In this project, stochastic multiscale models that can be used in both cardiac mechanics and electrophysiology areas of research will be developed. These models span-out the molecular, Brownian, and Langevin dynamics of the contractile (sarcomeric proteins) mechanism of cardiac cells and up-to-the finite element analysis of the tissue and organ levels.
In this project, we aim to use a coupled electro-mechanical finite element model (FEM) to simulate the human heart function ( truncated bi-ventricular 3-D geometry) at different disease conditions. The topological organization of heart muscle fibers and their complex orientation will be determined using DTMRI technique to quantify their effects on the blood pumping function. The outcomes from this project are expected to adequately model the cardiac mechanics and to study the fibers structure variations across the heart wall to obtain reliable patients specific simulations.
Inspired by respiratory system in insects, in particular the rhythmic wall contractions found in insect's tracheal tubes, this project aim to develop novel bioinspired micropumps and valves that can funcational particularly well in the low Reynolds number flow regime. These bioinspired actuators are expected to contribute to the modern revolution in medical devices.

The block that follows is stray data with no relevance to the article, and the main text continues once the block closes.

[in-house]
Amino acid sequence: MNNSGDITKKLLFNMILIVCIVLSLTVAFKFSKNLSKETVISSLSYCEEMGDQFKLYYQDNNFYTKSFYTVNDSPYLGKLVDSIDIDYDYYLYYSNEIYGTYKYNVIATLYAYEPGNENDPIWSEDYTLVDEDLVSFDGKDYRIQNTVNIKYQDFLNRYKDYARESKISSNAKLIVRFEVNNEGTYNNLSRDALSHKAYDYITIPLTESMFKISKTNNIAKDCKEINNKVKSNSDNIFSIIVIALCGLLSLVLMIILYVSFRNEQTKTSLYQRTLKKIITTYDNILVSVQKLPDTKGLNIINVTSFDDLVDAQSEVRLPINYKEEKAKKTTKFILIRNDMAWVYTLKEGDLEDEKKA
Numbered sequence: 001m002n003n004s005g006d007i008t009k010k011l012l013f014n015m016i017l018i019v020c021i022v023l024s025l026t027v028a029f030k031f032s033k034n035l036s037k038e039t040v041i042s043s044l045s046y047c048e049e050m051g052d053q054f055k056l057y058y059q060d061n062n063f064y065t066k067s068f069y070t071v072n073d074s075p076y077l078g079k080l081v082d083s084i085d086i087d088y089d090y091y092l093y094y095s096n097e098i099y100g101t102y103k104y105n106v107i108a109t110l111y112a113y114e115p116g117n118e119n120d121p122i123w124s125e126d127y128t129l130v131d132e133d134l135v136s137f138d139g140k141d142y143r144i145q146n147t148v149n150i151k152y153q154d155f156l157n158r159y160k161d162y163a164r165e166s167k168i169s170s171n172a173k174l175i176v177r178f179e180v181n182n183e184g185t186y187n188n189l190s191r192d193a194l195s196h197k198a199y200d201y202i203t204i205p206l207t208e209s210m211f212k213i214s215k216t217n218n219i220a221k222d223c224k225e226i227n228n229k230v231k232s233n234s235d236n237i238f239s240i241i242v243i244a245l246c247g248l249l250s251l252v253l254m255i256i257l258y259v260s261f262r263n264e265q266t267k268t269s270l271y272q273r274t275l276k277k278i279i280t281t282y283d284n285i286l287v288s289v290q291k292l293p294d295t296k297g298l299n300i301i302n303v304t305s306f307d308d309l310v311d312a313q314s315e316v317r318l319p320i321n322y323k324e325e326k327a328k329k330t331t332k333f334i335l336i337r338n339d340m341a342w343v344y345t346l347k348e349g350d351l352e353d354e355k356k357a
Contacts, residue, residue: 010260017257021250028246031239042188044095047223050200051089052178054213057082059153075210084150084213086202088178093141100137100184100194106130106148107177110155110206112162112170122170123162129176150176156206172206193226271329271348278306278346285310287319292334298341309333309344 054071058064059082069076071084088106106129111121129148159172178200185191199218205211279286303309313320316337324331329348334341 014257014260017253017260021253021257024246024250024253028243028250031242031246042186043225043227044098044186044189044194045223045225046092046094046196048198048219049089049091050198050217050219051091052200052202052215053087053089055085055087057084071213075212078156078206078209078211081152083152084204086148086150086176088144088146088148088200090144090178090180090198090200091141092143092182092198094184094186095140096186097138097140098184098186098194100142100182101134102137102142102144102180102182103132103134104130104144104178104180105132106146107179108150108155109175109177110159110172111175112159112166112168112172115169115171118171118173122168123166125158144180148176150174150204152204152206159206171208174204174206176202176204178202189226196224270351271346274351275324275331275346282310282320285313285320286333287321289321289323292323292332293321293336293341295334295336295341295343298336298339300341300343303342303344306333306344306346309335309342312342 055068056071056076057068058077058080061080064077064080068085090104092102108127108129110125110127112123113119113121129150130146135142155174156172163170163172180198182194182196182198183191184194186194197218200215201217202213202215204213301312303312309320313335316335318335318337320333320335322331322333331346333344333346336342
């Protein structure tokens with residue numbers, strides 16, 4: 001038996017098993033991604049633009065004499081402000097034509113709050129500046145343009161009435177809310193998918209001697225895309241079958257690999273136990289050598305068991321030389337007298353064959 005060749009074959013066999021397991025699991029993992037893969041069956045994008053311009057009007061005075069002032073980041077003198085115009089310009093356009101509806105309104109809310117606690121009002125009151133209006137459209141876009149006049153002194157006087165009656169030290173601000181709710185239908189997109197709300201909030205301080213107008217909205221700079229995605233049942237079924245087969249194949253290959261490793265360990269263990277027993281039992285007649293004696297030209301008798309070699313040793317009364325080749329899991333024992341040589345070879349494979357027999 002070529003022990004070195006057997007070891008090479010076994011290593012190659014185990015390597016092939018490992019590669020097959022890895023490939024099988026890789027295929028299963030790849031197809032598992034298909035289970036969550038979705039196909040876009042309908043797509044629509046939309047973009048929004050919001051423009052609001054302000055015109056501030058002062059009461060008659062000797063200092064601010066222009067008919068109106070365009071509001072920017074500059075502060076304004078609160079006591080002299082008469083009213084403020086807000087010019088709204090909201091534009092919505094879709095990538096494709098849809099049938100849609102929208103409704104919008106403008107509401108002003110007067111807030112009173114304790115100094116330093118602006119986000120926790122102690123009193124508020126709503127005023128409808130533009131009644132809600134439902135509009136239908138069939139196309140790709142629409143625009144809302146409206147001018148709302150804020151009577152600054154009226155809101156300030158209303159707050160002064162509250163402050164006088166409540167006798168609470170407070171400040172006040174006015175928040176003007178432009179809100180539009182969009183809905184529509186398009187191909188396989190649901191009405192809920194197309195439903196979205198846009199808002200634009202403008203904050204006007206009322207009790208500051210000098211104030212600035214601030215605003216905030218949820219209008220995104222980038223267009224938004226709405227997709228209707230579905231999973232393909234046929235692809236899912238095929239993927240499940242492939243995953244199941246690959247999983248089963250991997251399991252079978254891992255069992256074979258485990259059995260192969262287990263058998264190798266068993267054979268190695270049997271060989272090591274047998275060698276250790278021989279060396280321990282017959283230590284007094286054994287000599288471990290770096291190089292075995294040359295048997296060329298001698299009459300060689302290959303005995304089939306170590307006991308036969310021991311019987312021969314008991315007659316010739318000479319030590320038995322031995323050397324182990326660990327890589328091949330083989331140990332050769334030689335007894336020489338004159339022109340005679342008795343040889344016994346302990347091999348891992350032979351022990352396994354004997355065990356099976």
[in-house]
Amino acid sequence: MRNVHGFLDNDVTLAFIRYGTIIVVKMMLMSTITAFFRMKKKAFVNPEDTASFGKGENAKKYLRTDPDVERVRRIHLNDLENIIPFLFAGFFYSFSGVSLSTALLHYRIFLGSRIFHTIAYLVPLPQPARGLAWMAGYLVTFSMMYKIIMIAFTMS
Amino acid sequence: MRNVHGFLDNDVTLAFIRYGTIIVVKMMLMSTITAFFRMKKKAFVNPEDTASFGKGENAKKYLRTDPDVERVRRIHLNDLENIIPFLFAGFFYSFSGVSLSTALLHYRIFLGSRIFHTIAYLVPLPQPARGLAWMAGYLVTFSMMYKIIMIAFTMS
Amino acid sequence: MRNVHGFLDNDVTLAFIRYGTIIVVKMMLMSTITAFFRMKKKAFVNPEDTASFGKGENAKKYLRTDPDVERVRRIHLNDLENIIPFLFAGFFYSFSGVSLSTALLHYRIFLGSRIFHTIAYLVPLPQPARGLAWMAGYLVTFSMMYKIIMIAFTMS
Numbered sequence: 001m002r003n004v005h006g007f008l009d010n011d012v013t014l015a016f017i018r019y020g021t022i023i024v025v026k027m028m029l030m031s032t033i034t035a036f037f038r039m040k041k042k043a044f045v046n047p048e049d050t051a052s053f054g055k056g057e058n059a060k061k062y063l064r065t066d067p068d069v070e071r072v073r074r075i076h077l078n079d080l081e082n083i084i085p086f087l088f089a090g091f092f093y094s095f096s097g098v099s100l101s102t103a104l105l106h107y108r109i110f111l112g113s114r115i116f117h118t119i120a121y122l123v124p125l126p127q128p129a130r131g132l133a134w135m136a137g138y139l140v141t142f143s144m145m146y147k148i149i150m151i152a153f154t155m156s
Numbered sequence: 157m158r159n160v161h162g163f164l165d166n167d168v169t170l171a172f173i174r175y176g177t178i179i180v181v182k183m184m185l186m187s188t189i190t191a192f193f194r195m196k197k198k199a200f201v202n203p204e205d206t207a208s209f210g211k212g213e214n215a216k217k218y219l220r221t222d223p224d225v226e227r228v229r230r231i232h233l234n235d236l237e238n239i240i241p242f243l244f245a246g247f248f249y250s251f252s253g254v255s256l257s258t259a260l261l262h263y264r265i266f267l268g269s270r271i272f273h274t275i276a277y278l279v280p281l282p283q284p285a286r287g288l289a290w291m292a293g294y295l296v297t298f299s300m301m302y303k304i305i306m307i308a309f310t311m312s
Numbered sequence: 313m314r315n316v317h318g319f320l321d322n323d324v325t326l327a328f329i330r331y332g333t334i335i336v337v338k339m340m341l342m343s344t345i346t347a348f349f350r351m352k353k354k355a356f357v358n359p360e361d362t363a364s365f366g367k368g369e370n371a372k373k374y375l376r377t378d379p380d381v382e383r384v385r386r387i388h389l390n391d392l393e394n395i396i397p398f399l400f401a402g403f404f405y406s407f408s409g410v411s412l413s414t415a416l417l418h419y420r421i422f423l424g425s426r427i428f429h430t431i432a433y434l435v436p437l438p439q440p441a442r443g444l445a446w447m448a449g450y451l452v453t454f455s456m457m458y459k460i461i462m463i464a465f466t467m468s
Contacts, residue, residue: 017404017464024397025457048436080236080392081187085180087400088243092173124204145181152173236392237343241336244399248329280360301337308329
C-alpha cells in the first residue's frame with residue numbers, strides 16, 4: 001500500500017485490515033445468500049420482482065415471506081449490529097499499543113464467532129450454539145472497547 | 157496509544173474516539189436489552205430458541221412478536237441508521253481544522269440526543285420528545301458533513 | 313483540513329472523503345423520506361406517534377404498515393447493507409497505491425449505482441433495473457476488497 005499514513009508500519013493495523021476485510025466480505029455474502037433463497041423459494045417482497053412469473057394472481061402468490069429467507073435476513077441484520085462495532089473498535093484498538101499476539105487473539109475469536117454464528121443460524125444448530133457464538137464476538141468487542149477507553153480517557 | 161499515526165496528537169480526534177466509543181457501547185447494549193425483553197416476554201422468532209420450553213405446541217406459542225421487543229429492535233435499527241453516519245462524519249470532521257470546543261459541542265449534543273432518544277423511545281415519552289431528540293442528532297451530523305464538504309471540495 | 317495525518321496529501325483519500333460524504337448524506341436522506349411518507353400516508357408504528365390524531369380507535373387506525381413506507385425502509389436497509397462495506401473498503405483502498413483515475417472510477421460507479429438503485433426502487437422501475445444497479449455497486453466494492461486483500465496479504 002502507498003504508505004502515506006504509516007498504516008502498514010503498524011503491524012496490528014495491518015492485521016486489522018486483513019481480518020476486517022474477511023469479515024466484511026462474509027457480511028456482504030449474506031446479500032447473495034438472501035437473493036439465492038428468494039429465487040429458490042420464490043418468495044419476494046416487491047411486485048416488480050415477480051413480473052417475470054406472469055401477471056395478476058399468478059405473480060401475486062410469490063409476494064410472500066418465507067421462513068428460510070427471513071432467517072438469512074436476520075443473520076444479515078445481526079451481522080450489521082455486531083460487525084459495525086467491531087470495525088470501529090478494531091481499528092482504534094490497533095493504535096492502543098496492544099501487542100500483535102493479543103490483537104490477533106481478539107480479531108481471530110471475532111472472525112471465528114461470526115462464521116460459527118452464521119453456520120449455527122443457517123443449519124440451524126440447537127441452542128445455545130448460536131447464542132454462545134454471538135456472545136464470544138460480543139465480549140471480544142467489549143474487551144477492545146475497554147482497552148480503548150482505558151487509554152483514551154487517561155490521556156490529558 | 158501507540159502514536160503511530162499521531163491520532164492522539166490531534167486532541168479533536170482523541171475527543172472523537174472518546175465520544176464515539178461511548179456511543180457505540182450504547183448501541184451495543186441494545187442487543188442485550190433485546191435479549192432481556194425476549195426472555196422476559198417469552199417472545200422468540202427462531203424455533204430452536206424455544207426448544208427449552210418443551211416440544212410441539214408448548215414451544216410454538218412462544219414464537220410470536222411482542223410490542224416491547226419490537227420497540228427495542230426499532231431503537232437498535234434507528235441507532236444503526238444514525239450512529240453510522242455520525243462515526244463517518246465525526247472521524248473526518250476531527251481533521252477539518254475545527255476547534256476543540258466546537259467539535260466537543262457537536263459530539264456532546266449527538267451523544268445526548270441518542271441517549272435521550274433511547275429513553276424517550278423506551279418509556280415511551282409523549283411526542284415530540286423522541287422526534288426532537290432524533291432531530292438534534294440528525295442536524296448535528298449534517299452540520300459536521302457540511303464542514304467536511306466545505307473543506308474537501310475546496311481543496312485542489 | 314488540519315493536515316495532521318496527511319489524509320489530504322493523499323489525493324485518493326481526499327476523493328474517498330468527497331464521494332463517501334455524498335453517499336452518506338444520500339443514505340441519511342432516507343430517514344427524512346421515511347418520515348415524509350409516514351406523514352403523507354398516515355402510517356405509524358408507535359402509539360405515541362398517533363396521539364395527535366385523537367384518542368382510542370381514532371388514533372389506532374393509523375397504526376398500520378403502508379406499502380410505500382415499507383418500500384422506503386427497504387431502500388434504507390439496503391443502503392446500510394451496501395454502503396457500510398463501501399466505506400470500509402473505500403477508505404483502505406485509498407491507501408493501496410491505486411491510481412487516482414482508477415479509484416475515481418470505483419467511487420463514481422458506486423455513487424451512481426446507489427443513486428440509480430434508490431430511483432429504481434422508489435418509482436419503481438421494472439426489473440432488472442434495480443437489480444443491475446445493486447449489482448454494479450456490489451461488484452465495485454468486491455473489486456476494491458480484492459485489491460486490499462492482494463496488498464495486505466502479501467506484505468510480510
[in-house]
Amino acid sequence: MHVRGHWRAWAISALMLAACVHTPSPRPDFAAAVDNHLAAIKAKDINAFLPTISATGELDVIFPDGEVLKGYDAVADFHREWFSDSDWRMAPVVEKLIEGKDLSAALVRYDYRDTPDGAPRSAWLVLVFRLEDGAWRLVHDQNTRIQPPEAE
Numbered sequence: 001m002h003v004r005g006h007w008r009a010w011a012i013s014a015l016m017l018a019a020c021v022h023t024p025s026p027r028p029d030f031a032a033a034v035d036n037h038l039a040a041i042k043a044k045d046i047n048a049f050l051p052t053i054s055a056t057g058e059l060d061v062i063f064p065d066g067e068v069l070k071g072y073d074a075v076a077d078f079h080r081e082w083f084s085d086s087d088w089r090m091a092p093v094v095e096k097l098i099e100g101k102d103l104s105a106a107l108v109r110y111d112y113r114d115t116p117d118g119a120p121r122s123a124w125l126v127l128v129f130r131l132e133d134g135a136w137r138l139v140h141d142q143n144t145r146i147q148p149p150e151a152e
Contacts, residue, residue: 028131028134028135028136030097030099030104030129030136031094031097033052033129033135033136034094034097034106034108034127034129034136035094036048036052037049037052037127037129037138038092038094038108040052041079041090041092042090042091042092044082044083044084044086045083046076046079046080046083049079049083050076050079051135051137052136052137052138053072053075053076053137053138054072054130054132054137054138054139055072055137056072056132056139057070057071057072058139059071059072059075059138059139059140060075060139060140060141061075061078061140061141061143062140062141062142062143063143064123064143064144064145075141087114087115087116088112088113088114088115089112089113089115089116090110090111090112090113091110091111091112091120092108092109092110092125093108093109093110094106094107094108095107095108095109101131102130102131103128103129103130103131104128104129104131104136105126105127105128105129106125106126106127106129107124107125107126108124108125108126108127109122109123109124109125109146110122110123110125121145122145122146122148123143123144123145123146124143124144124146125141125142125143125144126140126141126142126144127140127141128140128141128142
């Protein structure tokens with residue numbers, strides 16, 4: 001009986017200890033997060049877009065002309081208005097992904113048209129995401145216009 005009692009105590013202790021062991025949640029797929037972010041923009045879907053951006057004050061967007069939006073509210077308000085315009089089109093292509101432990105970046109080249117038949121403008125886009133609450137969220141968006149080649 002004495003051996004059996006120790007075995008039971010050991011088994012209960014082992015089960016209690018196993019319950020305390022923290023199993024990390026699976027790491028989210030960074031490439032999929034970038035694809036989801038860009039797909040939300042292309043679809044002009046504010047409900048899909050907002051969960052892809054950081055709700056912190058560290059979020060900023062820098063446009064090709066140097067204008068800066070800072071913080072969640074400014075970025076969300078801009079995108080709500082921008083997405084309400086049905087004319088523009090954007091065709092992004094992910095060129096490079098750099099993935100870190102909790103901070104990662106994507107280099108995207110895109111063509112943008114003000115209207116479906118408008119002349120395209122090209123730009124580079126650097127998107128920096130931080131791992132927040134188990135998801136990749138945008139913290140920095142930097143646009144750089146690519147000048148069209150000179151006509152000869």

In this project, theoretical and computational models will be used to study the thin-filament activation process during cardiac contraction. In particular, the we plan to use the Brownian-Langevin dynamics principles to derive a coarse-graining multiscale myofilament model. This approach is expected to link atomistic molecular simulations of protein-protein interactions in the thin-filament regulatory unit to sarcomere-level activation dynamics.
In this project, we aim to use a the recent technology in Nanotechnology, Microfabrication, 3D printing, and Bioprinting to propose and build a new generation of cardiac assistant devices including but not limited to drug coated stents, and left ventricular assist device (LVAD).
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